Fifty-three Stations of the Tokaido: Station 31, Maisaka
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Fifty-three Stations of the Tokaido: Station 31, Maisaka, 1865
Ink on Paper
13 1/8 in. x 9 in. (333.38 mm x 228.6 mm)
Adopted by a dear uncle who practiced art as a hobby, Yoshitoshi was first exposed to art at a relatively young age. In fact, his uncle served as his first teacher. At the age of eleven, Yoshitoshi enrolled in the Utagawa school to study standard ukiyo-e genres and western techniques of perspective, light, and shadow under Kuniyoshi. When Yoshitoshi published his first signed print at fourteen in 1853, black gunboats led by Commodore Matthew Perry arrived in Japan to establish trade between the United States and Japan the same year. Paired with high inflation, recession, and crop failures, this event assisted in bringing about Japan’s transition into the Meiji Period, which shook Japan politically and socially. Inevitably, this transition shaped Yoshitoshi’s art. Marked by instability, uncertainty, and violence, the transition into the emperor’s Meiji period resulted in sentiments of vulnerability and distrust of the government. Fear of colonization at the hands of westerners constructed government policy that disposed of Japanese tradition and incorporated modern western technology and institutions in an attempt to strengthen Japan. Japan’s struggle in adjusting to the modern world influenced Yoshitoshi’s innovative and unique depictions of historical Japanese subject matter. Like many other ukiyo-e artists, Yoshitoshi printed his own series of the famed Tokaido Road soon before the beginning of the Meiji period. From his Fifty-three Stations of the Tokaido, Yoshitoshi’s “Station 31, Maisaka” depicts the beginning of Japan’s modernization by updating a familiar landscape by Hiroshige. With its depiction of the Imagiri Promontory, Yoshitoshi’s print is similar to Hiroshige’s print in terms of subject matter. However, several modern touches differentiate Yoshitoshi’s from Hiroshige’s. While Yoshitoshi has turned one of the boats into a paddlewheel steamship as black as Commodore Perry’s black ships, the ship’s red and white decorative elements and crests denote it as distinctly Japanese. In addition, the ship travels in the same direction as the smaller, more traditional surrounding Japanese boats and matches their decorations. Representative of Japan’s attempt to strengthen itself in face of foreign threat, the steamship was used in Japan’s effort to keep afloat and active in the world’s economy and trade. Steamships were also mechanized for war preparations, emphasized by Yoshitoshi’s addition of a samurai on the right of the foreground. Once considered to be the most effective units of warfare in Japanese culture, the samurai on horseback looks on to warfare’s future. With its coloration and westernization, Yoshitoshi’s style further differentiates itself from Yoshitoshi’s and further characterizes Japan’s cultural struggle at the time. Yoshitoshi’s more intense colors reflected the growing accessibility of chemical pigments, specifically the print’s red, green, and purple, from the West due to trade expansion. Contrasting the placidity of Hiroshige’s print, the color intensity also signifies Japan’s stress during its transition into the Meiji period. Yoshitoshi’s omission of Hiroshige’s gentle bokashi and addition of western waves upon the water adds to the tension of the print. While Yoshitoshi’s composition is similar to Hiroshige’s composition in its depiction of the Imagiri Promontory in the background with boats below on the water, Yoshitoshi’s Promontory appears more larger and more centered, giving the print more western attributes. Isabella Ramos, Scripps College 2017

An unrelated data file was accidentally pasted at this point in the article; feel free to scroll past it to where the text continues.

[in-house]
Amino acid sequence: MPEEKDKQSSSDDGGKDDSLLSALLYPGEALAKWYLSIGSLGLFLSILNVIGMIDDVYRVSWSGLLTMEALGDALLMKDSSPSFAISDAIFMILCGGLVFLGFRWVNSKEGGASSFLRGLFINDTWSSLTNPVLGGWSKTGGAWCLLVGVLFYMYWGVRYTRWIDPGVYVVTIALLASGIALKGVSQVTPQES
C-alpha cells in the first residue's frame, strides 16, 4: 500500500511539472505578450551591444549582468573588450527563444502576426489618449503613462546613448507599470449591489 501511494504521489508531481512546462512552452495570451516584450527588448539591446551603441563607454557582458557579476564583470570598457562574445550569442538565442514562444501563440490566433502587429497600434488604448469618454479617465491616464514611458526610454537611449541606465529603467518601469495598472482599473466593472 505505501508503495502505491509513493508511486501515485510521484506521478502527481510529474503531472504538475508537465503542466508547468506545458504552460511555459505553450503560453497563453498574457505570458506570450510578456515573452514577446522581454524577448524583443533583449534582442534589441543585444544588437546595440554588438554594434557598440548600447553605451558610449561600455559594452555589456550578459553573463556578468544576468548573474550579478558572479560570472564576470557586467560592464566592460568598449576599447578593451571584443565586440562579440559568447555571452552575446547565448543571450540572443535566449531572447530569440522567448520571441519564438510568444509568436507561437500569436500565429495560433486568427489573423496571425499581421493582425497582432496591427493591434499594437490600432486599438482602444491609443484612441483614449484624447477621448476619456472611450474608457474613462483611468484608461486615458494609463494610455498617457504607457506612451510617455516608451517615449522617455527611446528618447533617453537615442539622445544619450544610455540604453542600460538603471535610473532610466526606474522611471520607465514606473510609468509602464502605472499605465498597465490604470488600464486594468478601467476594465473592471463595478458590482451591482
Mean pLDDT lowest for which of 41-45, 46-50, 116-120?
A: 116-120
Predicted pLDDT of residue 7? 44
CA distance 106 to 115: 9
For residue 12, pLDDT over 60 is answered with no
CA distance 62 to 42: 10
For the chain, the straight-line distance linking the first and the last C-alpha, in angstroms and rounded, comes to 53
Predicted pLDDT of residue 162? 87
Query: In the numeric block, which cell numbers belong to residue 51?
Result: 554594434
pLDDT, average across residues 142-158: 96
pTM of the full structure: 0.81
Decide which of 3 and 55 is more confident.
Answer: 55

On mat, in pencil: Marer 374. Description on verso of mat. Signed: Yoshitoshi hitsu. Carver: Hori Take. Censor's seal: Aratame and date (Uruu-go) on single seal.
Colored ink woodblock on paper.
Edo period Japanese color woodblock print with an image of ships on the sea. In a vertical composition, Yoshitoshi updates the horizontal print by Hiroshige. A paddlewheel steamship plows through the waters at Maisaka as a traditional samurai views the future of warfare from astride his horse. Even the colors are more intense, reflecting the use of imported pigments in Japanese woodblock prints to make them seem more modern. The artist Yoshitoshi was quick to capitalize on the changes taking place in Meiji Japan and provided a number of images that juxtaposed the old and new.
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